Monday, September 11, 2017

September 11: Isaiah 8 – 9; Psalm 55; Proverbs 23:4-5; 2 Corinthians 12:1-10


            Isaiah: The Lord told Isaiah to write the name of his future son, “The spoil speeds, the prey hastens,” on a large tablet and have it witnessed by Uriah and Zechariah. His wife conceived and he was told to name his son the name given on the tablet. The Lord told him that before his son could talk, Damascus and Samaria would be looted and the king of Assyria would wipe out their land because they had rejected God. Assyria would advance into Judah and beyond.
            The Lord warned Isaiah not to call conspiracy what the people call conspiracy or fear what they fear. Rather consider the Lord holy and fear him. He will be your sanctuary but a stumbling block to Jerusalem.
            Isaiah was to keep the teaching only to his disciples and wait for the Lord. The Lord was hiding his face from the rest of the people. They din’t pay attention to Isaiah but went to mediums and necromancers. If they will not seek God among the living but the dead, then God won’t speak to them. They will become distressed and hungry and speak against God. They will be thrust into darkness.
            The coming Messiah will have anguish but not gloom. He brought contempt to Zebulun and Naphtali but will show his glory by the sea, beyond the Jordan, and Gentiles of Galilee. They will see a great light. He will multiply nations. They will enjoy the harvest as he breaks the burden of oppressors and defeat armies. He will come as a child but he will rule and be called, “Wonderful Counselor, Mighty God, Everlasting Father, Prince of Peace” (Isa 9:6). He will rule on David’s throne with justice and righteousness forever.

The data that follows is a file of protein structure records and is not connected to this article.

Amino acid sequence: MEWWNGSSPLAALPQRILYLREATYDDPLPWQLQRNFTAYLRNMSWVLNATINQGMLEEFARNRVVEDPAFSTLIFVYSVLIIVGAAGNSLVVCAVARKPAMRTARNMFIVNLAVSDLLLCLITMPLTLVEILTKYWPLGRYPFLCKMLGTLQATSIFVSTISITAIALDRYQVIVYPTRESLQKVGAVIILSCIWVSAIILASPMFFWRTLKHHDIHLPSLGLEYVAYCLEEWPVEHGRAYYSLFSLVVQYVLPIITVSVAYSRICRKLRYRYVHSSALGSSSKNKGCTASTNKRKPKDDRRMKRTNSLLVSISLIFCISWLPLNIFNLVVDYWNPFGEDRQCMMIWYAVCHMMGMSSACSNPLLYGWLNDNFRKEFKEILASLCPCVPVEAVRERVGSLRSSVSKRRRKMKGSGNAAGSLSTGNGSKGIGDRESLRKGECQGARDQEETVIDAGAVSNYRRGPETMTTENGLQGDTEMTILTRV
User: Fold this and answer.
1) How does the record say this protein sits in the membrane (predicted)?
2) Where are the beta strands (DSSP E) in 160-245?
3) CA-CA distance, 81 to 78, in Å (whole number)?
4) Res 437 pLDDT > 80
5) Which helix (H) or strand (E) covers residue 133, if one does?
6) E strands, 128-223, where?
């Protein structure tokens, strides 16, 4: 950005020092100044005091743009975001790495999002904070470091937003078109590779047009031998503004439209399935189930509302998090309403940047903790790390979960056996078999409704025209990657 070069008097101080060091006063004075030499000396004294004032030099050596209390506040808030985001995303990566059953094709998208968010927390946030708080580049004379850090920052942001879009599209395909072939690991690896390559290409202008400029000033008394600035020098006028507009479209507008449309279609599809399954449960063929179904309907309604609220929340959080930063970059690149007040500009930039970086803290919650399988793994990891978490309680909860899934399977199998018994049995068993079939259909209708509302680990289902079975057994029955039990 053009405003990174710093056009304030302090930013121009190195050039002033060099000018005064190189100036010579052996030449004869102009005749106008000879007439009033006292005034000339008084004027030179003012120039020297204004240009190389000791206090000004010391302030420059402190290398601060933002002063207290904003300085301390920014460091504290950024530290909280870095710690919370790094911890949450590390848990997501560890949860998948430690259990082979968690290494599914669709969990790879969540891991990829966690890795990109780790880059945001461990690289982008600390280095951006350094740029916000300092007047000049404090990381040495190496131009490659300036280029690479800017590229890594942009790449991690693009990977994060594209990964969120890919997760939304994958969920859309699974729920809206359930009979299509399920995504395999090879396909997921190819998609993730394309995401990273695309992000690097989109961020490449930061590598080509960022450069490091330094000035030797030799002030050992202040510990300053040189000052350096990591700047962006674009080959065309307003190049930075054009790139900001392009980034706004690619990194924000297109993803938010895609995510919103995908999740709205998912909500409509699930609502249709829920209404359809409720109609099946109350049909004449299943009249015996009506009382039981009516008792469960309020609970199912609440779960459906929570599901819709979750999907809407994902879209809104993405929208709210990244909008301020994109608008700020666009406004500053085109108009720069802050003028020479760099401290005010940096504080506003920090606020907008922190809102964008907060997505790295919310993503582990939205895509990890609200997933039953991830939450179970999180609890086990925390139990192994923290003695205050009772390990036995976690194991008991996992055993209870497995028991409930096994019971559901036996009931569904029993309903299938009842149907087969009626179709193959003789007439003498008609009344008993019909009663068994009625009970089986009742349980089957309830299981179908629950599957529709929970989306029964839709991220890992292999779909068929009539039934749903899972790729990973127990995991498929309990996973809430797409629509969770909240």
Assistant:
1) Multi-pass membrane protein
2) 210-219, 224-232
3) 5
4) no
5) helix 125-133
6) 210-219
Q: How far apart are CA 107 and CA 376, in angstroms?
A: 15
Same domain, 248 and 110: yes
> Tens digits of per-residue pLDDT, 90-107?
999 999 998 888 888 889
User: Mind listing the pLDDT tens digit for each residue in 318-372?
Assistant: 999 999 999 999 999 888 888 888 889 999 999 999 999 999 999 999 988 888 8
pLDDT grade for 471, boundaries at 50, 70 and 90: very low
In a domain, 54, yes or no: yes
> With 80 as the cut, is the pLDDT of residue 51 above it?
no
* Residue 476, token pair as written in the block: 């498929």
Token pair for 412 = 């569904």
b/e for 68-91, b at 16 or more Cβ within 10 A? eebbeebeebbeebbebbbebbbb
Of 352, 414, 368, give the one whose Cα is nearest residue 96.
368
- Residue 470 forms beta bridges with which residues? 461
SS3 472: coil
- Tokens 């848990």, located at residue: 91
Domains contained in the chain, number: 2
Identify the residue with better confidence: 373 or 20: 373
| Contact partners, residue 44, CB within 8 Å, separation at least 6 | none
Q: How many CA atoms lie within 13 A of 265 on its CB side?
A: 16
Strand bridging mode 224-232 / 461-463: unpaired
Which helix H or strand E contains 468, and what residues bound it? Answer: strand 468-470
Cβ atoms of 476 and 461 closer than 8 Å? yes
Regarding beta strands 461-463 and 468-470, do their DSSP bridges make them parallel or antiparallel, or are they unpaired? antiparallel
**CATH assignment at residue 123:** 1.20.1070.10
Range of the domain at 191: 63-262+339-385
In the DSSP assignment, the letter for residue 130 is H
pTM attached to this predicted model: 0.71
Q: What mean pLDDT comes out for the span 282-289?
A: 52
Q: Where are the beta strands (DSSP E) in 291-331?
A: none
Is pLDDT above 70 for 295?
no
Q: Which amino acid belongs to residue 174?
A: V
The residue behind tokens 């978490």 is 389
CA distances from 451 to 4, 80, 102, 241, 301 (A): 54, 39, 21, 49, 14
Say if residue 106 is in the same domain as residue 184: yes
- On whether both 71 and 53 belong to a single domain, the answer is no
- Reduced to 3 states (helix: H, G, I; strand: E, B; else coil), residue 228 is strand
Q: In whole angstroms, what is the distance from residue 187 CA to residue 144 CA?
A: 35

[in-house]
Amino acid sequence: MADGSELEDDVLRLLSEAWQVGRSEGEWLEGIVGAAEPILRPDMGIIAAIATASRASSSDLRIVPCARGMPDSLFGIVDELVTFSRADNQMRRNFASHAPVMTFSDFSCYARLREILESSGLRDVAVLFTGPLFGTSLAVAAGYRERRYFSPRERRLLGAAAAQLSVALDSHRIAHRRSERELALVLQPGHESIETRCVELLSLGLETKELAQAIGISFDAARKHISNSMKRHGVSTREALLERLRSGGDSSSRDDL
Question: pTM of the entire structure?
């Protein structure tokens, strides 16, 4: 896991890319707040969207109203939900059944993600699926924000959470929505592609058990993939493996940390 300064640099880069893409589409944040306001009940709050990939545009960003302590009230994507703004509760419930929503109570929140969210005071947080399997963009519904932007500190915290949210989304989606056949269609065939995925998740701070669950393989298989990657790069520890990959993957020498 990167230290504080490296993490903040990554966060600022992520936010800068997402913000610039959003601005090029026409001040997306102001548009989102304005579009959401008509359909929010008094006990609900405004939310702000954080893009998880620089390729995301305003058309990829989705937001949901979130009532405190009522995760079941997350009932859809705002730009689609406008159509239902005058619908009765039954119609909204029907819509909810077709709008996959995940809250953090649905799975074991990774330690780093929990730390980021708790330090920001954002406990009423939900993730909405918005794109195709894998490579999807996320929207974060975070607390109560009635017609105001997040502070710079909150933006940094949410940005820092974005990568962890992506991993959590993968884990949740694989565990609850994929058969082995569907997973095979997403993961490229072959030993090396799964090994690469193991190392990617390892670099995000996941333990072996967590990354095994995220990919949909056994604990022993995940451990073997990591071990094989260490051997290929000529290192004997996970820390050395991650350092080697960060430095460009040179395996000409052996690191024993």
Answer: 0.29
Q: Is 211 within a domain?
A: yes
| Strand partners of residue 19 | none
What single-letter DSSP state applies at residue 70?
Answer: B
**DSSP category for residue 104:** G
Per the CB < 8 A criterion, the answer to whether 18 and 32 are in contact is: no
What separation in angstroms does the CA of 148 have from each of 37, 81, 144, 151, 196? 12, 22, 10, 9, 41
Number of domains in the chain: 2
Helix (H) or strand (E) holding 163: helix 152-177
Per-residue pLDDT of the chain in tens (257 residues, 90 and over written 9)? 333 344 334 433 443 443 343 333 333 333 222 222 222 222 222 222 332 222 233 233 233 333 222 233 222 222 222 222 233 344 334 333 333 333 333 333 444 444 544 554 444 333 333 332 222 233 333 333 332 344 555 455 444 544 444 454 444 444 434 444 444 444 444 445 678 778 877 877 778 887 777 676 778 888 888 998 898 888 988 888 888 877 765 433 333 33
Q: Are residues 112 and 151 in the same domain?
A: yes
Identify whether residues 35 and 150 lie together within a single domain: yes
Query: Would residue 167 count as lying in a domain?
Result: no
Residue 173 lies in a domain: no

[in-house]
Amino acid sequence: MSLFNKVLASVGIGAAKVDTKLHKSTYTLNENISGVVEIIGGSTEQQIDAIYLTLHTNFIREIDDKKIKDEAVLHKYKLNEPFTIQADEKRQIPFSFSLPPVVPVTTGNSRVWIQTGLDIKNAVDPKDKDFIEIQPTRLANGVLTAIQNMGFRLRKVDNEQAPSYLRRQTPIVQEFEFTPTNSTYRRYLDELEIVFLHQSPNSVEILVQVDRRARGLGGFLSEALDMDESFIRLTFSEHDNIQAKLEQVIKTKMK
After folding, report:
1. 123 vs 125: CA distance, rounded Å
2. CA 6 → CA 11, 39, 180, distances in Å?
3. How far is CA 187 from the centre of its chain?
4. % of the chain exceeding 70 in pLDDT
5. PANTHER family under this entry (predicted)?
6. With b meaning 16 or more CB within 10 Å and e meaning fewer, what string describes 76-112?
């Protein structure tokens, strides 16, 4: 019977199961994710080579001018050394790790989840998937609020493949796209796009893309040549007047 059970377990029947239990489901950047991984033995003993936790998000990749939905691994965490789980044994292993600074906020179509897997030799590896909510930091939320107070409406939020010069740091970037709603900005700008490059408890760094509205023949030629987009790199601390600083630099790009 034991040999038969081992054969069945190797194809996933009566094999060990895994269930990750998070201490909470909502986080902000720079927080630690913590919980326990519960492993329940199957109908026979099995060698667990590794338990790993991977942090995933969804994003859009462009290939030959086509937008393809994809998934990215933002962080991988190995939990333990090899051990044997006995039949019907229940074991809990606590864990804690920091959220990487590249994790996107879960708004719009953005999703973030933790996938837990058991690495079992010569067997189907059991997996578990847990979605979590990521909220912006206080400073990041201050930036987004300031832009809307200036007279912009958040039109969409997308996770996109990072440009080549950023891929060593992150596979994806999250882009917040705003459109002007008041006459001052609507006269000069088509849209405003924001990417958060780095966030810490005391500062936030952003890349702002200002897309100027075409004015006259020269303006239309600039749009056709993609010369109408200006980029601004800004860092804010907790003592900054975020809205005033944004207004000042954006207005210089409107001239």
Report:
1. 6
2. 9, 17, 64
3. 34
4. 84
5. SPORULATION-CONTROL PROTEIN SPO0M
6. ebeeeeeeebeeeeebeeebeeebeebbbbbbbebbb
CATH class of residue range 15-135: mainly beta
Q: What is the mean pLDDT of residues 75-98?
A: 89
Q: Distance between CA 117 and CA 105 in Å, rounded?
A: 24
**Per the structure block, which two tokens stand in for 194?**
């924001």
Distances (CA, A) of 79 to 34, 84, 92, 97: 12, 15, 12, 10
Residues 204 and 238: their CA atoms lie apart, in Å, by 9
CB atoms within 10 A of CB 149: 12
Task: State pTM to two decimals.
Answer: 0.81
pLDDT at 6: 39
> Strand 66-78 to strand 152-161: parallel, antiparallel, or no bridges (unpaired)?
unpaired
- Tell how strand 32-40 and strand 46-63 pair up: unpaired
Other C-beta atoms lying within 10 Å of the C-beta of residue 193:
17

The Lord has told Jacob and the proud people of Israel who think they will be able to rebuild that he will send more adversaries against them. They didn’t turn back to the Lord after he struck them so the Lord destroyed them, high and low, elders and prophets who led the people into sin. The Lord doesn’t have compassion on them and his anger isn’t turned away. Their wickedness continues as they pursue their own selfish desires devouring and destroying each other.
            Psalm: David makes it clear that when he is asking God to hear him, he is looking for answers. He also admits that he is impatient because of his enemies. In fact, he is downright fearful. If he could fly away like a bird to avoid his troubles, he would.
            Some of his enemies are right inside the city. They are people who deal fraudulently with others. He notes that one of them used to be his friend. Still, he wants God to destroy them.
            David trusts God to answer his prayers and deal with them. He laments that his friend was a conniver who harmed his own friends.
            David tells us that when we cast our burdens on the Lord, he will sustain us. He will cast the evil doers into destruction. David will trust in the Lord.
            Proverbs: It is wise to keep from spending all your energy trying to get rich. After all, riches are temporary and can disappear like an eagle flying off into the sky.